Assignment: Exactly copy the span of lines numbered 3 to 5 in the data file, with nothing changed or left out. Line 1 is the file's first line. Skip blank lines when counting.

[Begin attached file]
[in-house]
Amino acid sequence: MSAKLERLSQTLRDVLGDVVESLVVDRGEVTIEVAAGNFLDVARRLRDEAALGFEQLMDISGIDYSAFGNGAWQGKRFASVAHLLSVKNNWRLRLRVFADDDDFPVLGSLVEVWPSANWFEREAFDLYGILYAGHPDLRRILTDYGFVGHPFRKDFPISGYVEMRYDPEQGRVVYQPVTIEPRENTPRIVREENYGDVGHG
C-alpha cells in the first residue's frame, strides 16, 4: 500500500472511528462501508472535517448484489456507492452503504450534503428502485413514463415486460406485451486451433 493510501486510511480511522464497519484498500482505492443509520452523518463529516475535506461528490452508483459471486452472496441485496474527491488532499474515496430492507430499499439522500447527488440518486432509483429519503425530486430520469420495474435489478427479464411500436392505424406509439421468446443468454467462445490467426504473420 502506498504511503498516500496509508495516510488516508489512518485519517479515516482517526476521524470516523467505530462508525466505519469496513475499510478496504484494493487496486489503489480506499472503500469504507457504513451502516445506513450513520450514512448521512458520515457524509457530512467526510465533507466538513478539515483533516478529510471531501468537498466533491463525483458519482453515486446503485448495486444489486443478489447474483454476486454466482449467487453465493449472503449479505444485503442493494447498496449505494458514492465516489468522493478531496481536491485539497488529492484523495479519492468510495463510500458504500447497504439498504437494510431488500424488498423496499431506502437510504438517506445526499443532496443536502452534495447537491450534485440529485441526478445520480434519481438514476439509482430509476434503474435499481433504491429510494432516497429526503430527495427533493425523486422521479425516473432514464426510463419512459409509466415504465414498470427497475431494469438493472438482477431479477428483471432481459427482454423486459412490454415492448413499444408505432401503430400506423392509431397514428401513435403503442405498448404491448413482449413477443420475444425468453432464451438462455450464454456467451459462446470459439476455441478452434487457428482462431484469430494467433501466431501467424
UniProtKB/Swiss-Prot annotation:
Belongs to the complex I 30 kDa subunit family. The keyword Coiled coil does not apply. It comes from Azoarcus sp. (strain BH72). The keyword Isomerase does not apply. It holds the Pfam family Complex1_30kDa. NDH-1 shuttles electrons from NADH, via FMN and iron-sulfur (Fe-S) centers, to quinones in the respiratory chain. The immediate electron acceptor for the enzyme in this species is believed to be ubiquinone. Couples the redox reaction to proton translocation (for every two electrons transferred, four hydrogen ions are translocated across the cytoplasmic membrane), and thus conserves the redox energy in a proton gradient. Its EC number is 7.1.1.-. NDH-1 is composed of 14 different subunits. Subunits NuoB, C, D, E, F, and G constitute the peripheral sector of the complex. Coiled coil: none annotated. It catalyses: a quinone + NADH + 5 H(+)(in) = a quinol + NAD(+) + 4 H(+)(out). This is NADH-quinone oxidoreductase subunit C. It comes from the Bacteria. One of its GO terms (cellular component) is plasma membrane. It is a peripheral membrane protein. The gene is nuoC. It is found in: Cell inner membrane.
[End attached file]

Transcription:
C-alpha cells in the first residue's frame, strides 16, 4: 500500500472511528462501508472535517448484489456507492452503504450534503428502485413514463415486460406485451486451433 493510501486510511480511522464497519484498500482505492443509520452523518463529516475535506461528490452508483459471486452472496441485496474527491488532499474515496430492507430499499439522500447527488440518486432509483429519503425530486430520469420495474435489478427479464411500436392505424406509439421468446443468454467462445490467426504473420 502506498504511503498516500496509508495516510488516508489512518485519517479515516482517526476521524470516523467505530462508525466505519469496513475499510478496504484494493487496486489503489480506499472503500469504507457504513451502516445506513450513520450514512448521512458520515457524509457530512467526510465533507466538513478539515483533516478529510471531501468537498466533491463525483458519482453515486446503485448495486444489486443478489447474483454476486454466482449467487453465493449472503449479505444485503442493494447498496449505494458514492465516489468522493478531496481536491485539497488529492484523495479519492468510495463510500458504500447497504439498504437494510431488500424488498423496499431506502437510504438517506445526499443532496443536502452534495447537491450534485440529485441526478445520480434519481438514476439509482430509476434503474435499481433504491429510494432516497429526503430527495427533493425523486422521479425516473432514464426510463419512459409509466415504465414498470427497475431494469438493472438482477431479477428483471432481459427482454423486459412490454415492448413499444408505432401503430400506423392509431397514428401513435403503442405498448404491448413482449413477443420475444425468453432464451438462455450464454456467451459462446470459439476455441478452434487457428482462431484469430494467433501466431501467424
UniProtKB/Swiss-Prot annotation:
Belongs to the complex I 30 kDa subunit family. The keyword Coiled coil does not apply. It comes from Azoarcus sp. (strain BH72). The keyword Isomerase does not apply. It holds the Pfam family Complex1_30kDa. NDH-1 shuttles electrons from NADH, via FMN and iron-sulfur (Fe-S) centers, to quinones in the respiratory chain. The immediate electron acceptor for the enzyme in this species is believed to be ubiquinone. Couples the redox reaction to proton translocation (for every two electrons transferred, four hydrogen ions are translocated across the cytoplasmic membrane), and thus conserves the redox energy in a proton gradient. Its EC number is 7.1.1.-. NDH-1 is composed of 14 different subunits. Subunits NuoB, C, D, E, F, and G constitute the peripheral sector of the complex. Coiled coil: none annotated. It catalyses: a quinone + NADH + 5 H(+)(in) = a quinol + NAD(+) + 4 H(+)(out). This is NADH-quinone oxidoreductase subunit C. It comes from the Bacteria. One of its GO terms (cellular component) is plasma membrane. It is a peripheral membrane protein. The gene is nuoC. It is found in: Cell inner membrane.